A Conservative leadership candidate who has built her campaign around bashing “elites” reportedly reminded a young Tory questioning her policies that there's a reason she has all kinds of letters attached to her name.
Kellie Leitch, a pediatric orthopedic surgeon, also made it clear online Friday that she's proud of her many titles and accomplishments.
According to The Prince Arthur Herald, an online student newspaper in Montreal, Leitch was speaking to student supporters in the city Thursday when she was questioned about her plans to scrap the Indian Act without consulting indigenous groups first.
“Please understand that I do have 22 letters at the end of my name. I’m not an idiot,” Leitch told the critic.
The Prince Arthur Herald posted a short clip of the exchange online:
After the story blew up on social media, with many suggesting it clashed with her overtly populist campaign, Leitch doubled down.
“I apologize for the error, I have 18 letters after my name, not 22,” she tweeted. “Each is an achievement I worked hard for.”
The Library of Parliament actually lists 16 letters after Leitch’s name. Her title reads: The Hon. Dr. K. Kellie, P.C., O.Ont., M.D., M.B.A., F.R.C.S.(C).
“The Hon.” is a designation earned from her time cabinet, “O.Ont.” represents that she has received the Order of Ontario, and “F.R.C.S.(C)” means she is a fellow of the Royal College of Surgeons of Canada.
She holds a medical degree (M.D). and masters of business administration (M.B.A.). Presumably, the other two letters to which Leitch was referring represent her bachelor of arts (B.A.).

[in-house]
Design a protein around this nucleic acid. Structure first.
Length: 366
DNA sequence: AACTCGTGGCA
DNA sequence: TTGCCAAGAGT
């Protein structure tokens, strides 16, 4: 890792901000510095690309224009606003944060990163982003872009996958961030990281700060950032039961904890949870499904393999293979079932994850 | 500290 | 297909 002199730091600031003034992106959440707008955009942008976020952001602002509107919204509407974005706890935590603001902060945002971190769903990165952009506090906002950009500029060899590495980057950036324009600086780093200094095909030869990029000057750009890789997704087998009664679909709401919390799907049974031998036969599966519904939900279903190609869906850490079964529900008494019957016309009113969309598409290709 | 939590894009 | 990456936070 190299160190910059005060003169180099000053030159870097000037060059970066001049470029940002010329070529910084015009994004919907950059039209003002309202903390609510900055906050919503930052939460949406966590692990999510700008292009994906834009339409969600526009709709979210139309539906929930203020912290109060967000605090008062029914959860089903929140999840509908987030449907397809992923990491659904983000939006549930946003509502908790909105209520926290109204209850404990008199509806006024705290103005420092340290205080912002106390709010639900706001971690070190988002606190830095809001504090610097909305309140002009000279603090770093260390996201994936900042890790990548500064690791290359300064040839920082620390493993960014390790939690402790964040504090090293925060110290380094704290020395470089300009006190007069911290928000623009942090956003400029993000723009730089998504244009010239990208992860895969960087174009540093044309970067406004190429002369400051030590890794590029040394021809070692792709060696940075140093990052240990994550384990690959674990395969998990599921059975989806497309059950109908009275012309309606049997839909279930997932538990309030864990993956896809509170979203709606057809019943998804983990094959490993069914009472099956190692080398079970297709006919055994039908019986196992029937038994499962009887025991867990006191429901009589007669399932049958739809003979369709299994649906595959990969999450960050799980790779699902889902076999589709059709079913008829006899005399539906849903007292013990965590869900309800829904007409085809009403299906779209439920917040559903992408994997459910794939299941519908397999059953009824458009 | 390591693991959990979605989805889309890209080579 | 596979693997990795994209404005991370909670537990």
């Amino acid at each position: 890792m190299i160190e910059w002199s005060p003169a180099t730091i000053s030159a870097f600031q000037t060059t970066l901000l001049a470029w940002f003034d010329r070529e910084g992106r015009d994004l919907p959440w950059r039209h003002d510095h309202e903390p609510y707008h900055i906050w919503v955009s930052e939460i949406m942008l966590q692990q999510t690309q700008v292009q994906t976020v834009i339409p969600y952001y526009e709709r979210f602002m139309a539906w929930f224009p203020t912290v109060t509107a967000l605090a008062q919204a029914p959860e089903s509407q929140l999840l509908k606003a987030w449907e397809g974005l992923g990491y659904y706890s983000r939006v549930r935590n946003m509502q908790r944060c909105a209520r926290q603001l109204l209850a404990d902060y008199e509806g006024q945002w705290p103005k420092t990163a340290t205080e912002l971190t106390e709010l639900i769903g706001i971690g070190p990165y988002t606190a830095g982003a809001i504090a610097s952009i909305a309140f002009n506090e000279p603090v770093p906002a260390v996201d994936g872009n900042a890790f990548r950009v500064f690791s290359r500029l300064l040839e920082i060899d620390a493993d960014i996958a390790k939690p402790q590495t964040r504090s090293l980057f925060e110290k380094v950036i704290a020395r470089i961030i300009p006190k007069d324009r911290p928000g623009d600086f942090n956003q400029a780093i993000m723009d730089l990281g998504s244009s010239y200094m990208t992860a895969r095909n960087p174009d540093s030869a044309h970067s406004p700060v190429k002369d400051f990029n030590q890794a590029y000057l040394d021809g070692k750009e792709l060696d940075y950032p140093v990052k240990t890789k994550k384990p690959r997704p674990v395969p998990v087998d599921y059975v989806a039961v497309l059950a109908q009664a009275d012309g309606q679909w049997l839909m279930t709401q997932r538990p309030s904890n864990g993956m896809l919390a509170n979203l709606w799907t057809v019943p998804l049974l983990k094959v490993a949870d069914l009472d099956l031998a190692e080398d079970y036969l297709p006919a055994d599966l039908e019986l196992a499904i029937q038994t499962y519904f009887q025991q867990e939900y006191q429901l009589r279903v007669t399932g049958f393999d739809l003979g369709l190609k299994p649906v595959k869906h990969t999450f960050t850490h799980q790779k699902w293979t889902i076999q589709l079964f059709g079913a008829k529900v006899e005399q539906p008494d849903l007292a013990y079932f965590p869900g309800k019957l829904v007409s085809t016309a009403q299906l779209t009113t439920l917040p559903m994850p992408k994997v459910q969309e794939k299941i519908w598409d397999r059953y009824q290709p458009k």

The story comes on the heels of a Maclean’s feature from writers Martin Patriquin and Charlie Gillis that also sparked buzz online.
In a profile of Leitch’s campaign manager Nick Kouvalis, a former Conservative staffer seemingly pointed out a contradiction between the MP’s recent anti-elite rhetoric and past behaviour.
From the Maclean’s piece:
Felix Wong, who served as the Conservative senior political operations officer in Ontario in the 2015 election, remembers getting a phone call from Leitch in the early weeks of the campaign. Leitch, Wong remembers, was irate that her business cards didn’t say “Doctor” before her name. Wong, who was 27 at the time, said the card template didn’t allow for honorifics.
“You’re lying,” Leitch yelled, according to Wong. “This is unacceptable. Even the prime minister [Stephen Harper] introduced me as Dr. Kellie Leitch this morning. I’ve earned all these titles. Do you have these titles after your name? No.” Wong said Leitch then threatened to call Harper if the cards weren’t fixed. (Leitch’s campaign didn’t respond to a request for comment.)
Leitch has frequently slammed so-called elites, particularly in the “left-wing media,” for criticizing her controversial call to screen immigrants and visitors for “anti-Canadian values.”
Shortly after Donald Trump was elected the next U.S. president in November, the former cabinet minister released a fundraising email lauding how “our American cousins threw out the elites.”
Leitch's campaign has also used the label to criticize her opponents in the leadership contest.
When Saskatchewan MP Andrew Scheer joined the race in September, Kouvalis derided him as an “out-of-touch elite” for launching his bid at Ottawa’s National Press Theatre.
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